Baltimore-area home sales and prices continued to climb in June as inventory dwindled.
Just more than 4,500 home sales closed in June, at a median price of $279,400, up 1.6 percent from the median sale price for the same month last year, according to a new report by ShowingTime.
Meanwhile, June marked the 21st consecutive month of declining inventory. Despite 5,851 new listings during the month, total active inventory was down 12.6 percent from June of last year, according to the monthly report, which is based on listing activity from MRIS, a division of the multiple listing service Bright MLS.
Tight inventory has benefited Baltimore’s lesser-known neighborhoods, as prospective home buyers are forced to expand their search, said Annie Milli, executive director of Live Baltimore, a nonprofit that promotes the benefits of living in Baltimore City.
“The neighborhoods seeing the most increase in activity are not the usual suspects,” Milli said. “When these neighborhoods do well, we see it as an indicator that buyers are comfortable expanding their search areas.”
When buyers can’t find what they’re looking for in the city’s more popular neighborhoods, they branch out to the adjacent areas.
For example, Better Waverly in Northeast Baltimore has seen an uptick in sales as buyers fail to find a home in nearby Ednor Gardens, which has long been an in-demand neighborhood, Milli said.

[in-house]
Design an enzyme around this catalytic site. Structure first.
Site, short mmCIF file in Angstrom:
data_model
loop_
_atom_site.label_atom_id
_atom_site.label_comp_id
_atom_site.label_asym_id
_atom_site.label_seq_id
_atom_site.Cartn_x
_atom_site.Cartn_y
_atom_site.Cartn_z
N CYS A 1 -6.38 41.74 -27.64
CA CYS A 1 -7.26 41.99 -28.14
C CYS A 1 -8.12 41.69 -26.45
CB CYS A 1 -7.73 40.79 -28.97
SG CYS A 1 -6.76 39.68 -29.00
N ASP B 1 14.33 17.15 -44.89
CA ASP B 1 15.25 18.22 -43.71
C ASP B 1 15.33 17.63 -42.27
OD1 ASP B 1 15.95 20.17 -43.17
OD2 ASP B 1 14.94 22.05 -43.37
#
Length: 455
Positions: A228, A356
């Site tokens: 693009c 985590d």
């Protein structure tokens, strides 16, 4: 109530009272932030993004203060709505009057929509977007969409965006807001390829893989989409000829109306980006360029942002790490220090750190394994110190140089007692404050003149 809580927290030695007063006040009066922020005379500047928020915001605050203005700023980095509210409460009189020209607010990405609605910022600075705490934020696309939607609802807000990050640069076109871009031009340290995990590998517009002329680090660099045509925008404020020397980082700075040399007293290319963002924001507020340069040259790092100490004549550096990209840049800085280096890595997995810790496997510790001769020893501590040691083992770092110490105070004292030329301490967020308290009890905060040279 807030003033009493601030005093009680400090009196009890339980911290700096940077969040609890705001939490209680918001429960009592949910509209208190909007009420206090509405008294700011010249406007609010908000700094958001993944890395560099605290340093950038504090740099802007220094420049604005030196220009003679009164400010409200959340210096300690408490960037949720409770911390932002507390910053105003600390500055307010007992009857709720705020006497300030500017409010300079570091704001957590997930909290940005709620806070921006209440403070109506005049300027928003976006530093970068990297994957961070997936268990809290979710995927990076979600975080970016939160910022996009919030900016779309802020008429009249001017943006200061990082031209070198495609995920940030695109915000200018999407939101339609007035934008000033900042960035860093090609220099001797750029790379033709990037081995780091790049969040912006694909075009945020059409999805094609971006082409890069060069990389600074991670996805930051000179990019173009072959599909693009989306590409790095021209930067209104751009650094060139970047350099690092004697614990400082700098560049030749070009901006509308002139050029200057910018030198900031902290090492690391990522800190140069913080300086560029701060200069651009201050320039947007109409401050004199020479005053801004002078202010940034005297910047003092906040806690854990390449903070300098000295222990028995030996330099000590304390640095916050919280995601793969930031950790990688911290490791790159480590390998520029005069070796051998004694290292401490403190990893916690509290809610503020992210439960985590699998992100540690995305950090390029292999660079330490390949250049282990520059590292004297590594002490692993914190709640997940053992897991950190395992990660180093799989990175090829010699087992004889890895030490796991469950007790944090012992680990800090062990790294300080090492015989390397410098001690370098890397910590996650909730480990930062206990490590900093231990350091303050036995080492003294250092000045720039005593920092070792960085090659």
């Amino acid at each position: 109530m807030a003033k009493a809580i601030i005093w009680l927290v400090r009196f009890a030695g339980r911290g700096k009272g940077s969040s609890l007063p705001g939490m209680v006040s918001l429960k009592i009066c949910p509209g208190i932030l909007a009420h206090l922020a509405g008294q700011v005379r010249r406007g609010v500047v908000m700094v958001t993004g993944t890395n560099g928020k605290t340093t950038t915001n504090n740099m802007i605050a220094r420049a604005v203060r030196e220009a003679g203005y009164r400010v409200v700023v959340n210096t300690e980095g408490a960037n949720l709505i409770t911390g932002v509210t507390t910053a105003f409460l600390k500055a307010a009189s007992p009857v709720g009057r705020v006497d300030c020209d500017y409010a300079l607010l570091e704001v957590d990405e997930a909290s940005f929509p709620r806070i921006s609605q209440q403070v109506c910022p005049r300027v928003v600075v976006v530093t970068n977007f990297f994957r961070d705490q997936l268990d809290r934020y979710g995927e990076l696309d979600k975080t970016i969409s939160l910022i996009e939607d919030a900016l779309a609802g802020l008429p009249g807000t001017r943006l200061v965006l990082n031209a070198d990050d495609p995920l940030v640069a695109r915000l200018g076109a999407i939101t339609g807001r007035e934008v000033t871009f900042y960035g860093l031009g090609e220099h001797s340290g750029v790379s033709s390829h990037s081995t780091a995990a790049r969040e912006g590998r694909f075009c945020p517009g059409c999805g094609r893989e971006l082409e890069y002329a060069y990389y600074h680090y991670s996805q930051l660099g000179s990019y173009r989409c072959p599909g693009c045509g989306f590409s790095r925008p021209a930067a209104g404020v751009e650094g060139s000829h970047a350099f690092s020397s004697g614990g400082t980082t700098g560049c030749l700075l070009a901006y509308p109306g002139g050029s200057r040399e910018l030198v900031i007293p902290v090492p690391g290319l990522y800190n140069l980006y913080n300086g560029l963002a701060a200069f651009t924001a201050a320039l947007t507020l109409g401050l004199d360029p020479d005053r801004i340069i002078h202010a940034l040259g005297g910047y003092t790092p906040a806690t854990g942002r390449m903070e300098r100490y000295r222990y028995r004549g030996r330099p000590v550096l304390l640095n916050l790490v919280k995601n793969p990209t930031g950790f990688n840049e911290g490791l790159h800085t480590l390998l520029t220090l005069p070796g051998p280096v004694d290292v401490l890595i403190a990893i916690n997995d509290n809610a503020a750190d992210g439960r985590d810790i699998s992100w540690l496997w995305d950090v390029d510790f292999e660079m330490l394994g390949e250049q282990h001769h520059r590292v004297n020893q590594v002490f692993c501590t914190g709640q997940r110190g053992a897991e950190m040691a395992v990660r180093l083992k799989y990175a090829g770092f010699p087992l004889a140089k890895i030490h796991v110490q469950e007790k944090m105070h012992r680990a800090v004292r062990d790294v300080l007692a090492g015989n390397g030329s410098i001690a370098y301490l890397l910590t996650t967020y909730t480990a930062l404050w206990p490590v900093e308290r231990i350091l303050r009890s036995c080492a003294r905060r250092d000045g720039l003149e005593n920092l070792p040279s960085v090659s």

Fourteen homes sold in Better Waverly in the first half of the year, compared to four sales in the same period last year, according to an analysis by Live Baltimore.
Across the city, 985 home sales closed, up 7.8 percent from June of last year. The median list price rose 5.8 percent from last year, to $154,950.
Carroll County saw the greatest increase in home sales and median sale price.
There, home sales were up 8.2 percent from the year before. The median sale price, $299,000, rose 7 percent from June of last year.
The steady march in home sales and prices shows continued buyer demand, despite declining inventory, said Jonathan Hill, a spokesman for MRIS.
“It shows the market is stable,” Hill said. “The market shows continued growth. There are still drivers in the market, buyer demand is still making appreciation of prices possible.”
Homes spent less time on the market and sold closer to their list prices, as buyers continued to scoop up new listings.
Homes spent a median of 19 days on the market in June, down from 22 days in the year-ago period.
Closing prices were, on average, 96.6 percent of the list price, up from 96.1 percent of list price last year, according to the report.